Joe Nocera, late of the New York Times op-ed page, has a new Bloomberg View opinion piece up titled “You Can Pay for a Ballpark Without Fleecing Taxpayers,” which namechecks this site and even provides a link, for which I should be grateful. Nocera and I failed to connect before it was published, though (he emailed me, I didn’t respond in time), so instead he is going to get berated here for misrepresenting my perspective, because that’s just how I like to bite the hand that feeds me clicks.
Anyway, here’s Nocera’s nut graf, where he brought me into the story:
In searching “Field of Schemes,” the go-to website for news about sports stadiums, I came across a rather different story, about the efforts of the Pawtucket Red Sox, the Triple-A minor league affiliate of the Boston Red Sox, to get a new ballpark. Although the dollars are far smaller (though not so small for Rhode Island), it does show that a team and a government can put together a deal that includes public financing but doesn’t hose the taxpayer. It’s kinda heartwarming, actually.
From there, it goes into a long, accurate description of former owner James Skeffington’s demand for $60 million in stadium subsidies, threatening to move the team out of Rhode Island if he didn’t get them. And then a long, not quite as accurate description of how after Skeffington’s death, team part-owner Larry Lucchino asked again for only $38 million in stadium subsidies, where the “city and state would receive a revenue stream that would not only cover the debt service but would probably make it a profitable venture for the government,” and “there were no threats” to move the team.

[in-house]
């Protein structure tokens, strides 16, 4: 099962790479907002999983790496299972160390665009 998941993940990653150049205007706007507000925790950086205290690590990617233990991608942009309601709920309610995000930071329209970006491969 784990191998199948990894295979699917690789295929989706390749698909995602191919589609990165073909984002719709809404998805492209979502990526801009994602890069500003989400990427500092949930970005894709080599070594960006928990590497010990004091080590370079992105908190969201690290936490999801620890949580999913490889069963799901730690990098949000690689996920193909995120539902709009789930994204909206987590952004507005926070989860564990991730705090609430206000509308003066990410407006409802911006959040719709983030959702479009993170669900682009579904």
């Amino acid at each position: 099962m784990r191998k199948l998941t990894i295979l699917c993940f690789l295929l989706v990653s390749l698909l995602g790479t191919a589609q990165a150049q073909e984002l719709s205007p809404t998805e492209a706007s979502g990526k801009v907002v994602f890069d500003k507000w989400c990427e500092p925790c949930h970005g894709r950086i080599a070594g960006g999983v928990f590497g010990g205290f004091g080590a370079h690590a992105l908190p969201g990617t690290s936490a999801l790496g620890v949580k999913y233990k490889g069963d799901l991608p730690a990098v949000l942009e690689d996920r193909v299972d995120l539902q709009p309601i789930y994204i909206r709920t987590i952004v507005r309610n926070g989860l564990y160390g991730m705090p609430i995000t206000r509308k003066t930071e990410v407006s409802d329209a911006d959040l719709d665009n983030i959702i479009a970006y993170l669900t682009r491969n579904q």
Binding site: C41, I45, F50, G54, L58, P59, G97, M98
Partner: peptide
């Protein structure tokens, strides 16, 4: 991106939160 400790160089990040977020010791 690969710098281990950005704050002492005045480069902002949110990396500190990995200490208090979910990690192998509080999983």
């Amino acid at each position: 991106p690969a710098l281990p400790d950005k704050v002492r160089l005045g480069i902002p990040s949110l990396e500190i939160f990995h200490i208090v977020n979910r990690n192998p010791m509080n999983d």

Okay, couple of things here. First off, the only revenue stream that the city and state will receive is “tax revenue generated in and around the stadium” — i.e., money that the city and state would normally collect anyway, but which would now be siphoned off to help pay for stadium construction costs via a tax increment financing district. There’s no way to reasonably project how much the TIF fund would collect — these things have failed spectacularly before — and more to the point, this is regular old tax money, not any actual revenues that the team would be giving up to help repay the public’s debt.
Secondly, about that “no threats” thing — not only did Lucchino just last week say he was going to look into moving the team out of Rhode Island, after promising two years ago not to do so until 2020, but Nocera actually linked to my post on that in his article. So, WTF, Joe?
Anyway, if Nocera wants to opine that the new PawSox deal is a better one for the city than the old one, it’s his column. (And he’s certainly right that it’s a better deal than Miami got for the Marlins stadium, though there are bank robberies that were better deals than that one, so that’s a pretty low bar.) But for the record, I would never call the new Pawtucket stadium plan a “win-win” — more of a “well, at least we got them to knock a few million dollars off their ridiculous subsidy demands, even if they’re still threatening to move Worcester.” Sadly, that’s a less grabby headline, but I’ll go with what I’ve got.